So the struggle against extortionate rents in universities and in the housing market is also a struggle against the economic and cultural power of elite forms of education. These inequalities pre-date neoliberalism and are part of the deep-rooted elite infrastructure which supports and reproduces the English state. The struggle for affordable housing – in and outside the university – is also ultimately the struggle against elite schools and universities which need to be utterly and profoundly transformed, and their cultural and economic power abolished.

This transformation can only come as part of a broader struggle and shift of power within society. ‘Excellence for all’ must not be a sick joke but a political reality. Let us be clear – none of this is the ‘politics of envy’ – all we are saying is that we have had enough. The domination of society by a narrowly-educated elite has no justification, not now and not ever. It must end. To paraphrase that great imaginary British Labour leader Harry Perkins: “We are going to abolish second class education; I think everyone is first class, don’t you?”

Workers’ rights, migration and some necessary realism – why another Europe is (still) possible

Last Saturday, Another Europe is Possible held a day of workshops on the left-wing case to remain in the EU. It was also my dad’s birthday. Pulling these two together, I argue the left case to vote in to build a European alternative.

It was my dad’s 67th birthday at the weekend. He died of lung cancer four years ago from being exposed to asbestos as a builder in the 1970s. I’m not the only one to have lost a parent (or both) and of course I won’t be the last. As I’ve posted before, he spent his working life fighting for workers’ health in the workplace – steelworkers and miners to begin with but as time went on working with cleaners and other night workers in hospitals, teachers with stress and office workers. He was an internationalist within Europe and beyond, part of a network spanning the USA, India and China in particular.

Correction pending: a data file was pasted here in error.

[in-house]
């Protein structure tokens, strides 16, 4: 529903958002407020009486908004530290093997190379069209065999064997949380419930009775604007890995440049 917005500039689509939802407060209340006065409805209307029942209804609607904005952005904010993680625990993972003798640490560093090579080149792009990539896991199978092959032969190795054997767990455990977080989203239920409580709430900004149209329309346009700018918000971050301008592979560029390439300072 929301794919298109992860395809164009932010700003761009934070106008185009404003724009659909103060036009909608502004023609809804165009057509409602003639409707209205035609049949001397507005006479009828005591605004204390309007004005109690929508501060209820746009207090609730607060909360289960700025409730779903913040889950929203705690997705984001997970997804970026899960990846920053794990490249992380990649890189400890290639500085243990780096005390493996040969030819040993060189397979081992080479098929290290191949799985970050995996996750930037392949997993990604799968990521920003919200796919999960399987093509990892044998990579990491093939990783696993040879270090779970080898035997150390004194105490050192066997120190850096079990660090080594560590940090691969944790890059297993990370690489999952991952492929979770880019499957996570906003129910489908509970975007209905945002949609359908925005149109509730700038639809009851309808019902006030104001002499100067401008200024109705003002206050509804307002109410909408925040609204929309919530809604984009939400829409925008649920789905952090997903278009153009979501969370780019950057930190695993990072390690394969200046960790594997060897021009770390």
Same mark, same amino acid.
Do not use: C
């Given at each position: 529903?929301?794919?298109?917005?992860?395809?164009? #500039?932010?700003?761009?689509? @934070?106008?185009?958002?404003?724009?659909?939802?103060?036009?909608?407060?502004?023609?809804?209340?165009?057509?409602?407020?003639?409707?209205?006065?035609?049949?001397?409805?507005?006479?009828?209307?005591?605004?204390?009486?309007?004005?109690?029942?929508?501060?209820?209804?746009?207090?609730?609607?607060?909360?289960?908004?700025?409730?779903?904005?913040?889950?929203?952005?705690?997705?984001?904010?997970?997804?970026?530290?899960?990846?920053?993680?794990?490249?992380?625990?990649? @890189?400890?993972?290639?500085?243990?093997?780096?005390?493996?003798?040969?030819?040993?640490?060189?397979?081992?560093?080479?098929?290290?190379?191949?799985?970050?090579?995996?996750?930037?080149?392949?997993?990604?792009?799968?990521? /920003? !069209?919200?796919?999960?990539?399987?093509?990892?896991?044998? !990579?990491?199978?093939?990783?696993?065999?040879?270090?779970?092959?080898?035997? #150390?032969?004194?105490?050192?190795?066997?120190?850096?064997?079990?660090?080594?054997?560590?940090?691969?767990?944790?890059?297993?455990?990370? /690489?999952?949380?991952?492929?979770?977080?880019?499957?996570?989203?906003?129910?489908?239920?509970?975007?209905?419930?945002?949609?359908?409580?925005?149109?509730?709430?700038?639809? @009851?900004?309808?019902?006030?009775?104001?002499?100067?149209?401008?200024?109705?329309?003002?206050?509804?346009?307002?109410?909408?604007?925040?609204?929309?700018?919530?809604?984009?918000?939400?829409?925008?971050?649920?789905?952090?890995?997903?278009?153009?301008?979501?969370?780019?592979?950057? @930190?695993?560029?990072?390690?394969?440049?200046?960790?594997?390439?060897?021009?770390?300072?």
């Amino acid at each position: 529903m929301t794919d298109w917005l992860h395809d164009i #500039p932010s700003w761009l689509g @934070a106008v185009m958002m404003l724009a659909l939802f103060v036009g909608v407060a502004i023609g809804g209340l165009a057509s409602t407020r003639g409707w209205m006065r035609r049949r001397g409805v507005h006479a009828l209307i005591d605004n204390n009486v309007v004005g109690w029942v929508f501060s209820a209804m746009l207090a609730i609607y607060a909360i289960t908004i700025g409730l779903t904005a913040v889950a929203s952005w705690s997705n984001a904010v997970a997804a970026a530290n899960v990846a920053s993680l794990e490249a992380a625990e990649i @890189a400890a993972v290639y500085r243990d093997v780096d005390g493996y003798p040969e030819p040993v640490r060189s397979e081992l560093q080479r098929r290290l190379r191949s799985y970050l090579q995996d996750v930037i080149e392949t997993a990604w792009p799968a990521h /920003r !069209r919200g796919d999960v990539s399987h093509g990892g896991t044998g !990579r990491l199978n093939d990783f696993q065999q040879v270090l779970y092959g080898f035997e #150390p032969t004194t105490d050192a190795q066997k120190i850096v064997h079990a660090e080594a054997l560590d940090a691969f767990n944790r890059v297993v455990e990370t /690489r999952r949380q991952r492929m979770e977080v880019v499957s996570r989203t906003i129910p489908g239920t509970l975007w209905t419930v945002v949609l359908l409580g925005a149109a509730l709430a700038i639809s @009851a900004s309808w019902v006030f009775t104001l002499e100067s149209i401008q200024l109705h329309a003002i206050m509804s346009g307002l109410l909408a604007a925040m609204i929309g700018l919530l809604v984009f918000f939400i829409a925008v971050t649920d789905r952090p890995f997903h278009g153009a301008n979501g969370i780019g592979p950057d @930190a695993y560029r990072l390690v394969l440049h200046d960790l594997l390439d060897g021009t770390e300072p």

At the European level he worked with the European Trades Union Institute and others to lobby and campaign for better health and safety legislation. He was a socialist and he knew it wasn’t revolutionary work but it concretely acted to protect workers’ health in Europe. He was of course, not supportive of a neo-liberal Europe, but he saw the possibility of a radical alternative and knew that there were small, valuable victories that could be won within the EU. Quitting the EU will empirically mean that workers’ rights to health at work will get worse and I’m as sure as I can be that he would have been opposed to leaving.

One of the arguments that I find problematic about the radical left case for leaving is that it will weaken global capitalism and benefit the Global South by proxy in weakening the EU. Empirically in the short term there will undoubtedly be a crisis both for the British political elite (quite capable of destroying itself on its own as we have seen over the last few weeks) and for the EU, but in the medium to long term, a few banks will move to Frankfurt and that will be that. Germany and France will not let the EU fall apart completely. Within the UK, none of these arguments will gain any kind of political traction on the doorstep whatsoever. There are not the conditions for a “lexit” case to gain any kind of public attention or sympathy. Far less an argument about the Global South couched in theoretical terms that many voters will not understand, much less have sympathy for.

I’m an internationalist – there is no struggle which is not about overcoming the major economic division between North and South, or that is not intersectional and just keeps on banging on about class. But I don’t think we can wave a magic wand and somehow turn substantial anti-migrant, sexist public sentiment into altermondialiste ultra-leftism – we need to start with where people are at. That also means recognising our political strength within any particular situation. Weakening the structure of capitalism globally will not strengthen the left nationally or internationally. At a local level a vote to leave will undoubtedly strengthen xenophobic, anti-migrant sentiment even if it weakens the current leadership of the Conservative party. Within Europe, Brexit would strengthen racist right-wing populist parties who are most opposed to the open migration policy which is so desperately needed. How this would benefit the millions of migrants from the Middle East and Africa, I don’t know. Fortress Europe is brutal and horrific, but it does not follow that a weakened EU would change this predicament.